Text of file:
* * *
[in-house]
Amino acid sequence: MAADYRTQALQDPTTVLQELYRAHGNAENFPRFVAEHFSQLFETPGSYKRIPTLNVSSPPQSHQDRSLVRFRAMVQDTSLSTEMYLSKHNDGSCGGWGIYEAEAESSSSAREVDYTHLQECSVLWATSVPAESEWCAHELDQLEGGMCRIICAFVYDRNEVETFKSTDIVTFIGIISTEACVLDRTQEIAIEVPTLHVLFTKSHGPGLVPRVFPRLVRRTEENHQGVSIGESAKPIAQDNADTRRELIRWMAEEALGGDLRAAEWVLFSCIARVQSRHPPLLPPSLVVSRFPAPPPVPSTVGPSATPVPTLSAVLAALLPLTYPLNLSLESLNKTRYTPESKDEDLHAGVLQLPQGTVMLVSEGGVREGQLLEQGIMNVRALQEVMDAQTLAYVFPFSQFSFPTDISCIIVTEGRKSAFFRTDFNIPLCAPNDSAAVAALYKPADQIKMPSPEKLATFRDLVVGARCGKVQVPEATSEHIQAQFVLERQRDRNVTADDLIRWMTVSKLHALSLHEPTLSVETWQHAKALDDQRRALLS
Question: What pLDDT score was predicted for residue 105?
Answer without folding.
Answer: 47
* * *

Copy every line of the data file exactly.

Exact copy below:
[in-house]
Amino acid sequence: MAADYRTQALQDPTTVLQELYRAHGNAENFPRFVAEHFSQLFETPGSYKRIPTLNVSSPPQSHQDRSLVRFRAMVQDTSLSTEMYLSKHNDGSCGGWGIYEAEAESSSSAREVDYTHLQECSVLWATSVPAESEWCAHELDQLEGGMCRIICAFVYDRNEVETFKSTDIVTFIGIISTEACVLDRTQEIAIEVPTLHVLFTKSHGPGLVPRVFPRLVRRTEENHQGVSIGESAKPIAQDNADTRRELIRWMAEEALGGDLRAAEWVLFSCIARVQSRHPPLLPPSLVVSRFPAPPPVPSTVGPSATPVPTLSAVLAALLPLTYPLNLSLESLNKTRYTPESKDEDLHAGVLQLPQGTVMLVSEGGVREGQLLEQGIMNVRALQEVMDAQTLAYVFPFSQFSFPTDISCIIVTEGRKSAFFRTDFNIPLCAPNDSAAVAALYKPADQIKMPSPEKLATFRDLVVGARCGKVQVPEATSEHIQAQFVLERQRDRNVTADDLIRWMTVSKLHALSLHEPTLSVETWQHAKALDDQRRALLS
Question: What pLDDT score was predicted for residue 105?
Answer without folding.
Answer: 47